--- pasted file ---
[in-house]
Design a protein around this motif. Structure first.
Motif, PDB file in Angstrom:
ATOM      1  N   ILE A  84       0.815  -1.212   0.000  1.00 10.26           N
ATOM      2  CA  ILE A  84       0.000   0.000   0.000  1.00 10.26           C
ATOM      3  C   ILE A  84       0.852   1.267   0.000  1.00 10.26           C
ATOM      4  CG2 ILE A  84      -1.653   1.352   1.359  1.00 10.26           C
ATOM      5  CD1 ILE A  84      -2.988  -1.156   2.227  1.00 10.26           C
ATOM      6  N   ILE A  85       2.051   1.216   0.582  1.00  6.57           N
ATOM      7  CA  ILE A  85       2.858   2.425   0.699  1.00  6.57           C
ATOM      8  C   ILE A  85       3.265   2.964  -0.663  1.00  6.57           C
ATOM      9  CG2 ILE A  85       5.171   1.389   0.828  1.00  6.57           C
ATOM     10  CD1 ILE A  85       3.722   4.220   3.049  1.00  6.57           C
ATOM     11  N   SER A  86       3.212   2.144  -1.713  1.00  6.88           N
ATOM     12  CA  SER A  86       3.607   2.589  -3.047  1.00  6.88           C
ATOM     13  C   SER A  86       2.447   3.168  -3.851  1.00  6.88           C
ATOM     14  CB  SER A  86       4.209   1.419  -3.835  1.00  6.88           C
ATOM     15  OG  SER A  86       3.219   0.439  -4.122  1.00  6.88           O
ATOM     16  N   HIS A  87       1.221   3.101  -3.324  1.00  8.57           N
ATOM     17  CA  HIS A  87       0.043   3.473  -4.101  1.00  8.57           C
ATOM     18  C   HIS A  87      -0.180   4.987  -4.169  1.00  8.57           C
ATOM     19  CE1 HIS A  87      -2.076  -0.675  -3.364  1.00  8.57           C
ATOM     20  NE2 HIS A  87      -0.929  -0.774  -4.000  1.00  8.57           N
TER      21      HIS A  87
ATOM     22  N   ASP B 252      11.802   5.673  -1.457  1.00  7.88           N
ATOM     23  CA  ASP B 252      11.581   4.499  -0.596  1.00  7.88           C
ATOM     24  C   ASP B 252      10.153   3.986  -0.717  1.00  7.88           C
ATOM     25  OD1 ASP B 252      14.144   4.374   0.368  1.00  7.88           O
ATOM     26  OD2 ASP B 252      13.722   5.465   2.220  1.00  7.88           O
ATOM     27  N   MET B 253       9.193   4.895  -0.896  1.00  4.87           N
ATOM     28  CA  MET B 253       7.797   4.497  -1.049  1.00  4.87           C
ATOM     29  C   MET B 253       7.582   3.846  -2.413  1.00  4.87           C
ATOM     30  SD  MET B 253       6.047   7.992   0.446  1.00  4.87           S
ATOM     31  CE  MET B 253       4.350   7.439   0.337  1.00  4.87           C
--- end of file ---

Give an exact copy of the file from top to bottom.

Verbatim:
[in-house]
Design a protein around this motif. Structure first.
Motif, PDB file in Angstrom:
ATOM      1  N   ILE A  84       0.815  -1.212   0.000  1.00 10.26           N
ATOM      2  CA  ILE A  84       0.000   0.000   0.000  1.00 10.26           C
ATOM      3  C   ILE A  84       0.852   1.267   0.000  1.00 10.26           C
ATOM      4  CG2 ILE A  84      -1.653   1.352   1.359  1.00 10.26           C
ATOM      5  CD1 ILE A  84      -2.988  -1.156   2.227  1.00 10.26           C
ATOM      6  N   ILE A  85       2.051   1.216   0.582  1.00  6.57           N
ATOM      7  CA  ILE A  85       2.858   2.425   0.699  1.00  6.57           C
ATOM      8  C   ILE A  85       3.265   2.964  -0.663  1.00  6.57           C
ATOM      9  CG2 ILE A  85       5.171   1.389   0.828  1.00  6.57           C
ATOM     10  CD1 ILE A  85       3.722   4.220   3.049  1.00  6.57           C
ATOM     11  N   SER A  86       3.212   2.144  -1.713  1.00  6.88           N
ATOM     12  CA  SER A  86       3.607   2.589  -3.047  1.00  6.88           C
ATOM     13  C   SER A  86       2.447   3.168  -3.851  1.00  6.88           C
ATOM     14  CB  SER A  86       4.209   1.419  -3.835  1.00  6.88           C
ATOM     15  OG  SER A  86       3.219   0.439  -4.122  1.00  6.88           O
ATOM     16  N   HIS A  87       1.221   3.101  -3.324  1.00  8.57           N
ATOM     17  CA  HIS A  87       0.043   3.473  -4.101  1.00  8.57           C
ATOM     18  C   HIS A  87      -0.180   4.987  -4.169  1.00  8.57           C
ATOM     19  CE1 HIS A  87      -2.076  -0.675  -3.364  1.00  8.57           C
ATOM     20  NE2 HIS A  87      -0.929  -0.774  -4.000  1.00  8.57           N
TER      21      HIS A  87
ATOM     22  N   ASP B 252      11.802   5.673  -1.457  1.00  7.88           N
ATOM     23  CA  ASP B 252      11.581   4.499  -0.596  1.00  7.88           C
ATOM     24  C   ASP B 252      10.153   3.986  -0.717  1.00  7.88           C
ATOM     25  OD1 ASP B 252      14.144   4.374   0.368  1.00  7.88           O
ATOM     26  OD2 ASP B 252      13.722   5.465   2.220  1.00  7.88           O
ATOM     27  N   MET B 253       9.193   4.895  -0.896  1.00  4.87           N
ATOM     28  CA  MET B 253       7.797   4.497  -1.049  1.00  4.87           C
ATOM     29  C   MET B 253       7.582   3.846  -2.413  1.00  4.87           C
ATOM     30  SD  MET B 253       6.047   7.992   0.446  1.00  4.87           S
ATOM     31  CE  MET B 253       4.350   7.439   0.337  1.00  4.87           C